LAS VEGAS, Nevada. – In Vegas, you can’t bet on John Force. Well, actually, you CAN bet on the 15-time NHRA drag racing champion, but you probably shouldn’t.
The first eight times that Vegas oddsmakers tapped the 62-year-old icon as the Funny Car favorite in the SummitRacing.com Nationals, an event contested this week for the lucky 13th time, Force took his Castrol GTX Ford Mustang beyond the second round just once and never raced for the title.
Although he regularly dominated other events in the NHRA Full Throttle Series, once racing in nine straight finals at the Summit Southern Nationals in Atlanta, Ga., Force was just 7-8 in his first 10 tries at the SummitRacing.com Nationals. In no other event did it take the 15-time Auto Racing All-American so long to win for the first time.
To add insult, it was at the 2007 race at The Strip at Las Vegas Motor Speedway that Force’s record streak of 395 consecutive starts came to an abrupt end when he failed to qualify. A year later, he inexplicably DNQed once again, only the second time in history he had failed to make the field for a race two years in-a-row.
Furthermore, it is the same LVMS track on which first round opponent Bob Bode left the starting line before the system was activated at the inaugural fall event, the Las Vegas Nationals, and, when a startled Force set out after him, he also was caught up in a rare double disqualification that since has been addressed in new regulations.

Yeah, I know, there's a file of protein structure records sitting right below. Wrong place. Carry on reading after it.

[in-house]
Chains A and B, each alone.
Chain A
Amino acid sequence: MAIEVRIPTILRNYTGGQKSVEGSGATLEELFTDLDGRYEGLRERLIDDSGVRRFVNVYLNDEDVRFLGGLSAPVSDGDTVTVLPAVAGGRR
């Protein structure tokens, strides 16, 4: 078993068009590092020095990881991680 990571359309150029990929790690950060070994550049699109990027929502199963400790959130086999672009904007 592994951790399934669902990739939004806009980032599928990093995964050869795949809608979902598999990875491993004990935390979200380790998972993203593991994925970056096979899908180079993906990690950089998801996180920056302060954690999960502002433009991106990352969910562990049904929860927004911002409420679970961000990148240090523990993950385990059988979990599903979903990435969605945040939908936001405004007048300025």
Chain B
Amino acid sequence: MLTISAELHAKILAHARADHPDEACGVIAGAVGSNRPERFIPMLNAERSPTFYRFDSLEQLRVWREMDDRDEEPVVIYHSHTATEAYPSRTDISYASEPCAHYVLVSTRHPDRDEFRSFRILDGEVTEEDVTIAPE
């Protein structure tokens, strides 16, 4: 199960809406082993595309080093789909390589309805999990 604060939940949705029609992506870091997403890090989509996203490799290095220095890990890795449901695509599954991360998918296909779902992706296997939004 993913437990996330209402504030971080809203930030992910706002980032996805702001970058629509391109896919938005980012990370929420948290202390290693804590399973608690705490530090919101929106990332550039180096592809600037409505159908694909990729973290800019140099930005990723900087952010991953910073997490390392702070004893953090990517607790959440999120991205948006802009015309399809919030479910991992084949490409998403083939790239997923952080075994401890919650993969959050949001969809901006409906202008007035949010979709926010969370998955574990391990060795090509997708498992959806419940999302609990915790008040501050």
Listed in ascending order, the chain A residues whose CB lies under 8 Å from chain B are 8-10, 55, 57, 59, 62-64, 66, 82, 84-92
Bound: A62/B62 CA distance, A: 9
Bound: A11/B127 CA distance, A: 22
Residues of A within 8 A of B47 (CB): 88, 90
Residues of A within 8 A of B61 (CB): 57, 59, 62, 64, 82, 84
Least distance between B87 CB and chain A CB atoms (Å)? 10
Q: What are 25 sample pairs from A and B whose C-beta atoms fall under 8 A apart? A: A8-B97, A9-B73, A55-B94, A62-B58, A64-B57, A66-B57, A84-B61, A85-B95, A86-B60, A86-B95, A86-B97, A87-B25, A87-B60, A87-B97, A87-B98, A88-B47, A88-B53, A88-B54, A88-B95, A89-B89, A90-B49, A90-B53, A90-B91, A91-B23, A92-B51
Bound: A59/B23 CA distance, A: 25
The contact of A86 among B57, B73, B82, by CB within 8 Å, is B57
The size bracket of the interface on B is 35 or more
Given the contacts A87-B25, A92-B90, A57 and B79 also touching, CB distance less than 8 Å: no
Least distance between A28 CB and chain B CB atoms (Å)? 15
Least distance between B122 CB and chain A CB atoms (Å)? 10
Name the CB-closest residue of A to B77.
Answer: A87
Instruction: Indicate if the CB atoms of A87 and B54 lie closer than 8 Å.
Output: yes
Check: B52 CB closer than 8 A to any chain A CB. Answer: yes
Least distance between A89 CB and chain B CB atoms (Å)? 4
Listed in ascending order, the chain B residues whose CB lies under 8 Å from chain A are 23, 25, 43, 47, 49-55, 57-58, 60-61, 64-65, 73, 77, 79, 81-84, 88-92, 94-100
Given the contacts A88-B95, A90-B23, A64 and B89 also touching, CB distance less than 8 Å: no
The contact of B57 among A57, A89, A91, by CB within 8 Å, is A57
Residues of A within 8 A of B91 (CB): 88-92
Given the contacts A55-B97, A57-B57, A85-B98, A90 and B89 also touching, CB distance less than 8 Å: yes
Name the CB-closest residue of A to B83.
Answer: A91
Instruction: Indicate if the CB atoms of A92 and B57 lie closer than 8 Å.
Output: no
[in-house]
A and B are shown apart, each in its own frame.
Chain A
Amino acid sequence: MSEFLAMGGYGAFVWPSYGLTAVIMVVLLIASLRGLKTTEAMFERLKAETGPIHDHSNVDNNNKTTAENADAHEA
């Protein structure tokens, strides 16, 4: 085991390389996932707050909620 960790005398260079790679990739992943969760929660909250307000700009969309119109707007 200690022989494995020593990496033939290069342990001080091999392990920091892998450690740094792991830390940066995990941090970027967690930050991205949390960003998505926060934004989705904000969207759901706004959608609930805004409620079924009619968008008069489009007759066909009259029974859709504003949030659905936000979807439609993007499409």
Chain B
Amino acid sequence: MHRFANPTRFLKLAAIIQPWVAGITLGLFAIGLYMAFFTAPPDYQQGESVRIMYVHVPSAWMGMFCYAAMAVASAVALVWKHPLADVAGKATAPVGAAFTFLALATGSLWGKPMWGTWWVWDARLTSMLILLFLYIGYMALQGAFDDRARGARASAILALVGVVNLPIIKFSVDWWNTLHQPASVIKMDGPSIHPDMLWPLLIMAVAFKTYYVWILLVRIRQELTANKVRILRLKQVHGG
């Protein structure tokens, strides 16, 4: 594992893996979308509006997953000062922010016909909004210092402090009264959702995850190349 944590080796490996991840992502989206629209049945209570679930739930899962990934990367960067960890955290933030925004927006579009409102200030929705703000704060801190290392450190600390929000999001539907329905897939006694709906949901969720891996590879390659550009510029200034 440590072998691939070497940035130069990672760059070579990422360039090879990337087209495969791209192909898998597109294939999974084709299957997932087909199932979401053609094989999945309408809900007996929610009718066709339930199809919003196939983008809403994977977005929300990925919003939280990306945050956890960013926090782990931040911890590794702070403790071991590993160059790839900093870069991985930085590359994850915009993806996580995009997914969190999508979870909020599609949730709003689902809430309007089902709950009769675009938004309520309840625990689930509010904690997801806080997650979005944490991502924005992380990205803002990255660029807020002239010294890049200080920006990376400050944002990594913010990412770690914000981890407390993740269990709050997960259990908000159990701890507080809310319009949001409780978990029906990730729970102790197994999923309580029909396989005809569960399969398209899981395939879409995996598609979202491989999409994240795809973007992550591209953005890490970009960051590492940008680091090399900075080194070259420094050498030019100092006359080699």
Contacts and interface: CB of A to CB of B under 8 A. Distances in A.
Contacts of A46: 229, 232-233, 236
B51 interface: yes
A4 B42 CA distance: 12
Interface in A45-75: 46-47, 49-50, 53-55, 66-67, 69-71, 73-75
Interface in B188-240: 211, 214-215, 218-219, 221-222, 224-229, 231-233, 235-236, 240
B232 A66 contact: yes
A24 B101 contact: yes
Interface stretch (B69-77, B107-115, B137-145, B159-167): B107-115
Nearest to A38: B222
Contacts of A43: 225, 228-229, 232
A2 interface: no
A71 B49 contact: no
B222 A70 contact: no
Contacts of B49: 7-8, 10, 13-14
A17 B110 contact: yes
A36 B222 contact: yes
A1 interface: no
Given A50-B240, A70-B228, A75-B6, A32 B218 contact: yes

The sum of his difficulties at LVMS might lead one to surmise that drag racing’s biggest winner is just another loser when he comes to Las Vegas.
Au contraire. It’s not like Force has had no success in Sin City. It’s just that it hasn’t come in waves like it has elsewhere. In fact, fall victories at LVMS provided a springboard to both his 2002 and 2010 world championships and his 2010 spring win ended 10 years of futility in the SummitRacing.com Nationals.
The reality is that while you probably shouldn’t bet on the former truck driver, if you consider his overall record, one that includes 134 event victories and 1,110 rounds won, it also would be ludicrous to bet against him.
Just bet that Force still will be on everyone’s radar this week when he tries to duplicate his winning performance in the season-opening O’Reilly Winternationals at Pomona, Calif., that gave him at least one win in almost 25 consecutive pro seasons.
Ironically, while Force has been one of the most vocal champions of NHRA’s diversity program, two of the sport’s most celebrated young female drivers were directly responsible for his fall from first place to fifth in the current Full Throttle standings.
After winning the season-opener, the man who this year will be inducted into the International Motorsports Hall of Fame at Talladega, lost consecutive first round races to his 23-year-old daughter Courtney and to fellow rookie Alexis DeJoria.
Nevertheless, after losing, Force followed the advice he has given all three of his racing daughters.
“I told Courtney, just like I told Ashley (Force Hood) and Brittany: when you’re in the dumps, get out to the ropes and (start) signing autographs because half the people out there don’t even know you got beat.
“Get out there and they’ll make you feel better,” he said. “They love us, they love our products and, more important, they buy ‘em – Castrol oil, Ford cars and trucks, Traxxas R/C vehicles, Auto Club insurance, all of it.”
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